Life. Liberty. The Pursuit of Happiness. These three unalienable rights, espoused by our forefathers and guaranteed to us by the Constitution, comprise the very foundation of our nation. These are freedoms that all citizens should be guaranteed, but patients undergoing unimaginable pain and life-threatening illnesses have been denied each promised right. They have no control over their lives. They do not have the liberty to determine their futures, nor the faculty to pursue a standard of happiness or at least comfort that is unavailable to them in this world.
It astounds me that these fundamental ideals are continuously violated by a Constitution which places a greater premium on preserving an abstract concept of “life” than an individual’s ability to control what is unequivocally theirs — their death. While preserving life may seem like a noble endeavor, the only viable reality for certain groups whose lives have been riddled with pain and suffering is a painless death.
Euthanasia, or physician assisted suicide, is the legal and painless killing of a patient suffering from a lethal or painful affliction. A subject of debate for many years, euthanasia has garnered criticism and support in both the scientific community and the general public. This practice is prohibited in many countries, and is legal only in six of the 50 states. Maryland is not one.
According to code section Health-Gen. §§5-611 and 5-614, Maryland law prohibits euthanasia but allows for the withdrawal or withholding of life-sustaining treatments. However, this distinction between refusal of treatment and euthanasia seems arbitrary. While abstaining from treatment may alleviate some of the direct guilt on the part of the physician, the overall result remains the same: the withdrawal of life-sustaining treatment only prolongs an inevitable death. Refusal of treatment is often a slower and more painful way for patients to commit suicide, and should not be the only option available to them when they no longer have the strength or the will to continue to survive.
Some physicians argue that euthanasia is an irreversible and rash solution to pain, which can be improved by more effective palliative care. After all, euthanasia seems like an impractical solution to pain when painkillers exist. However, this viewpoint fails to consider the tremendous and debilitating emotional toll these illnesses may have on the afflicted. Merely numbing the physical pain resulting from a terminal illness disregards the emotional struggles that pills simply cannot address.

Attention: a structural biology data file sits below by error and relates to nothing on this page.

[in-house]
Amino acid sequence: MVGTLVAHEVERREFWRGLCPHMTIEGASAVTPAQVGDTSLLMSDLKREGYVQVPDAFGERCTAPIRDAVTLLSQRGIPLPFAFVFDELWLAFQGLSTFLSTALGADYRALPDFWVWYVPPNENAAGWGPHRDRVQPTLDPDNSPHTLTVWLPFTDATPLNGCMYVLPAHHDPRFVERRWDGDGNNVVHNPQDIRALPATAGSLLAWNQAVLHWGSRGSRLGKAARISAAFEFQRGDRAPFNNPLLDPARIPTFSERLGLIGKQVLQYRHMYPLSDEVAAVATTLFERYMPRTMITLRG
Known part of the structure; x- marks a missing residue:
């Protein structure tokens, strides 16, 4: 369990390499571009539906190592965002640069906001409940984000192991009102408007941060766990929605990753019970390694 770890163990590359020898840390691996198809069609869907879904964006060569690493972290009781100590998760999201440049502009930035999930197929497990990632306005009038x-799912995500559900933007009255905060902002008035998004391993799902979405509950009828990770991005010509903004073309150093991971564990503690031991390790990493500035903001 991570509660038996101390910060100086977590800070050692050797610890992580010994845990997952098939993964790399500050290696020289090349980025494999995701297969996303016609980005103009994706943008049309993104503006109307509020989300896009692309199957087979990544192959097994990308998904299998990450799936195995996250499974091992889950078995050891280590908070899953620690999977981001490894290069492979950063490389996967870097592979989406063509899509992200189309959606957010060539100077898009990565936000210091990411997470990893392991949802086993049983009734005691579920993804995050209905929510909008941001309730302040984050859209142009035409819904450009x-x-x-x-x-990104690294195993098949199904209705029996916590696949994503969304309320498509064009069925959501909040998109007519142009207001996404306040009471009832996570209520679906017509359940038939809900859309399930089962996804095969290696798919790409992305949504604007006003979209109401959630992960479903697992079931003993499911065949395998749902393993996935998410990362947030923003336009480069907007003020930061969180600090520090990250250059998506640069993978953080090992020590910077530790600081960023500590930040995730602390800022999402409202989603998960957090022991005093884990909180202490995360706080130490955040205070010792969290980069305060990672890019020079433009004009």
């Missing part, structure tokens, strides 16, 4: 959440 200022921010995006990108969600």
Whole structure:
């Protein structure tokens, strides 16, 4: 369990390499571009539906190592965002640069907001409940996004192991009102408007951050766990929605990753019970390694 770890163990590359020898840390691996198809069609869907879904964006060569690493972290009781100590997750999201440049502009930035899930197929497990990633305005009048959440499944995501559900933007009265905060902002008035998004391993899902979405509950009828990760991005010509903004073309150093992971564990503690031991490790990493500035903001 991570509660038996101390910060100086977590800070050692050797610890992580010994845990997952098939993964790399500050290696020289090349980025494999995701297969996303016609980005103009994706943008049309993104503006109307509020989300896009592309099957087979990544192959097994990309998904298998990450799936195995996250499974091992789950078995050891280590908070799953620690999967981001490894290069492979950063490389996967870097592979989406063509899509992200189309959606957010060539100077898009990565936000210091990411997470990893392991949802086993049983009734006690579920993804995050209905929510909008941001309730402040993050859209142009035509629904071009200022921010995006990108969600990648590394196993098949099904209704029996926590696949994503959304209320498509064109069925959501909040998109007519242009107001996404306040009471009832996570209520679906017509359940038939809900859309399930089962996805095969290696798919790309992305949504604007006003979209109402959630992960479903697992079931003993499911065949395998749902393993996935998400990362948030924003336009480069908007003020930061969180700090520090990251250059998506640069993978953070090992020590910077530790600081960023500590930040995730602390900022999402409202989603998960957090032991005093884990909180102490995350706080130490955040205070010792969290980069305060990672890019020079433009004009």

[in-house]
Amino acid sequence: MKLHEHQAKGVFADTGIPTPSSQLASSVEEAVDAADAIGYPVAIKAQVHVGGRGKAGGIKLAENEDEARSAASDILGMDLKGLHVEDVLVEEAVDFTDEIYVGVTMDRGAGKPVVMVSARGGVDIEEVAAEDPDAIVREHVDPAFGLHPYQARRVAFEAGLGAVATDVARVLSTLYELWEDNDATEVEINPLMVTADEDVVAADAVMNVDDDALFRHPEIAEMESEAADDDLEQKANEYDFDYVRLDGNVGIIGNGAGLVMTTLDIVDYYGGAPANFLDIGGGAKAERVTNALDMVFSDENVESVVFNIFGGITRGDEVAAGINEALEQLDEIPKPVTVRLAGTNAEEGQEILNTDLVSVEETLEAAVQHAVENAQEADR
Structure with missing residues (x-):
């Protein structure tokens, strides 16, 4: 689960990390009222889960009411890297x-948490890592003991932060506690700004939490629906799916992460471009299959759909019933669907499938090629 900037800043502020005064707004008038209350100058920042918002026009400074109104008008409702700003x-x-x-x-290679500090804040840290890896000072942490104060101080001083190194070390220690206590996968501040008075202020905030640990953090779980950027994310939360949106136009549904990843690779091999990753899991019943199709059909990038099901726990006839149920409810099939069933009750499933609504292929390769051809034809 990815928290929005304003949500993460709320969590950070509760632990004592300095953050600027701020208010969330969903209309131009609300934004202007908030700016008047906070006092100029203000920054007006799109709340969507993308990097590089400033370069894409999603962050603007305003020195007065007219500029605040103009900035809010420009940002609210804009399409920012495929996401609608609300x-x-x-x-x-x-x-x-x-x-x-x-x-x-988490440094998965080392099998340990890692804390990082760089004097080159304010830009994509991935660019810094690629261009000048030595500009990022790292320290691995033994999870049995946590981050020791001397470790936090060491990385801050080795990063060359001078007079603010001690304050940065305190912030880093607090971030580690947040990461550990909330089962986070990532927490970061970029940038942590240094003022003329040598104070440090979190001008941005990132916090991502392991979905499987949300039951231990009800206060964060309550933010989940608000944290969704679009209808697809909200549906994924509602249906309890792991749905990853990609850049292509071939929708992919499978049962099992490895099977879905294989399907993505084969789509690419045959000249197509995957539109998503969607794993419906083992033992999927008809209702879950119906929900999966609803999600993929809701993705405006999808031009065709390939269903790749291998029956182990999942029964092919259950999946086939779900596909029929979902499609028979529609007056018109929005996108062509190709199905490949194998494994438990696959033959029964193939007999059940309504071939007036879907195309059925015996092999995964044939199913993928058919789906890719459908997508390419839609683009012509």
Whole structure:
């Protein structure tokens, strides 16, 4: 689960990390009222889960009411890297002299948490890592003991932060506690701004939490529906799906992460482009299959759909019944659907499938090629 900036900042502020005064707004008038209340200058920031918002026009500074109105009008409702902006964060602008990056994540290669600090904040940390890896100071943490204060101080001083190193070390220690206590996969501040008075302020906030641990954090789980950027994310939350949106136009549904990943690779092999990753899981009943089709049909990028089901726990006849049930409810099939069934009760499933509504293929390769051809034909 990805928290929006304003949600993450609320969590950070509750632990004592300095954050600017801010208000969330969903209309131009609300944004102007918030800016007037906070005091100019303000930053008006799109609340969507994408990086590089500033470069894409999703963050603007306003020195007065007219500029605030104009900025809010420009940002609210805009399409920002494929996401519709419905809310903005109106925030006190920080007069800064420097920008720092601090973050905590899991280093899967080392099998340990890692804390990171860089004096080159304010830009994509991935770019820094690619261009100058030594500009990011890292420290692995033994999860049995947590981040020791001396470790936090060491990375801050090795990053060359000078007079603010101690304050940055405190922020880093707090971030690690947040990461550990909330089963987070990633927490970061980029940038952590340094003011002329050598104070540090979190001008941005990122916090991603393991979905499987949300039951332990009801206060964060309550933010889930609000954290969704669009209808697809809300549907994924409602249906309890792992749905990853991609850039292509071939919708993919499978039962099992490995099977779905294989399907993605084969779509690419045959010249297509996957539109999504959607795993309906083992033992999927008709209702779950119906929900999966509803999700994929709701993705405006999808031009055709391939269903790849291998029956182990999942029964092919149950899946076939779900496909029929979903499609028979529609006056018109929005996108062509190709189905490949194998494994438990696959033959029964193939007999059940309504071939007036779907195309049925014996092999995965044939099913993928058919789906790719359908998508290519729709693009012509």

Others cite the Hippocratic Oath that requires physicians to “do no harm,” stating that euthanasia is a blatant violation of the physician’s duty as a healer. But when considering between a desired death and lifelong suffering, the definition of doing harm is not so clear-cut.
Perhaps one of the most publicized examples of the inherent right people have to their manner of death and the harm in denying them is Ramon Sampedro, who took his life on January 12, 1998. After suffering a tragic diving accident at 25 that left him paralyzed from the neck down, he decided that life had become a prison for him; he was a slave to his paralysis. He spent the remainder of his life fighting for the right to die with self-respect, and finally ended his life with cyanide. In his suicide tape, he said, “when I drink this, I will have renounced the most humiliating of slaveries: being a live head stuck to a dead body.” As a testament to the power of his story, director Alejandro Amenabar created the biographical film “The Sea Inside” which has engendered support of the cause Sampedro championed.
People reserve the right to die with dignity. Instead of being laid victims to their inflictions until their death, often completely unrecognizable both physically and emotionally by their loved ones, they should be able to leave life on their own terms and take control of their fates. They deserve control over the lives that they lead.
I don’t know what I would do if I were forced to live life with pain and a fear of death. I certainly don’t know if euthanasia would be my first option. But I think that the idea that I could have that control over my fate would afford me a certain amount of comfort. Who are we to withhold that from anyone?
Article by MoCo Student staff writer Rebecca Huang of Richard Montgomery High School